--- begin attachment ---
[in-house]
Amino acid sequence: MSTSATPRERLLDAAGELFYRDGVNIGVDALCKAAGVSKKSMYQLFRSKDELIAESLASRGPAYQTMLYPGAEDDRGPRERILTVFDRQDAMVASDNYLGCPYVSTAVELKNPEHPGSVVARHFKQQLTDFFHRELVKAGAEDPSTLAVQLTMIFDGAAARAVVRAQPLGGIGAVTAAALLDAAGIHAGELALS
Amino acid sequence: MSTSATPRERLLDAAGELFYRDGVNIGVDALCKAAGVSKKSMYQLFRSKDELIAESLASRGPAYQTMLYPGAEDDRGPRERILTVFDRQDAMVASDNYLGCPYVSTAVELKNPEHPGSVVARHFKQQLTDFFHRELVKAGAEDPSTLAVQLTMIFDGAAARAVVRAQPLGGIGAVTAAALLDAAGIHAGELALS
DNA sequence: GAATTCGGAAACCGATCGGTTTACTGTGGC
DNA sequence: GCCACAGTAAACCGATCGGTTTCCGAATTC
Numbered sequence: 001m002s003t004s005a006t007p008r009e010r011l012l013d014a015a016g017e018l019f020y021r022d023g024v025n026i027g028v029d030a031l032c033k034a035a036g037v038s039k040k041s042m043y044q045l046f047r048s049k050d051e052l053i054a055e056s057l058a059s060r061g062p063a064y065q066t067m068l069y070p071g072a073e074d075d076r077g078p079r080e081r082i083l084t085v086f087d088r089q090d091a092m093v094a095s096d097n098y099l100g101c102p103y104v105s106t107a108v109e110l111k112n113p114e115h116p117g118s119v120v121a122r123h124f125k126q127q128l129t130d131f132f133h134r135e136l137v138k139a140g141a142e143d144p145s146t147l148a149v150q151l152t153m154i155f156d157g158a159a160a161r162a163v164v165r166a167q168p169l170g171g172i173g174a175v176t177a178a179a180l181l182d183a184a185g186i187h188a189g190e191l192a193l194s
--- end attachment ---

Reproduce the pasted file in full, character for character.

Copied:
[in-house]
Amino acid sequence: MSTSATPRERLLDAAGELFYRDGVNIGVDALCKAAGVSKKSMYQLFRSKDELIAESLASRGPAYQTMLYPGAEDDRGPRERILTVFDRQDAMVASDNYLGCPYVSTAVELKNPEHPGSVVARHFKQQLTDFFHRELVKAGAEDPSTLAVQLTMIFDGAAARAVVRAQPLGGIGAVTAAALLDAAGIHAGELALS
Amino acid sequence: MSTSATPRERLLDAAGELFYRDGVNIGVDALCKAAGVSKKSMYQLFRSKDELIAESLASRGPAYQTMLYPGAEDDRGPRERILTVFDRQDAMVASDNYLGCPYVSTAVELKNPEHPGSVVARHFKQQLTDFFHRELVKAGAEDPSTLAVQLTMIFDGAAARAVVRAQPLGGIGAVTAAALLDAAGIHAGELALS
DNA sequence: GAATTCGGAAACCGATCGGTTTACTGTGGC
DNA sequence: GCCACAGTAAACCGATCGGTTTCCGAATTC
Numbered sequence: 001m002s003t004s005a006t007p008r009e010r011l012l013d014a015a016g017e018l019f020y021r022d023g024v025n026i027g028v029d030a031l032c033k034a035a036g037v038s039k040k041s042m043y044q045l046f047r048s049k050d051e052l053i054a055e056s057l058a059s060r061g062p063a064y065q066t067m068l069y070p071g072a073e074d075d076r077g078p079r080e081r082i083l084t085v086f087d088r089q090d091a092m093v094a095s096d097n098y099l100g101c102p103y104v105s106t107a108v109e110l111k112n113p114e115h116p117g118s119v120v121a122r123h124f125k126q127q128l129t130d131f132f133h134r135e136l137v138k139a140g141a142e143d144p145s146t147l148a149v150q151l152t153m154i155f156d157g158a159a160a161r162a163v164v165r166a167q168p169l170g171g172i173g174a175v176t177a178a179a180l181l182d183a184a185g186i187h188a189g190e191l192a193l194s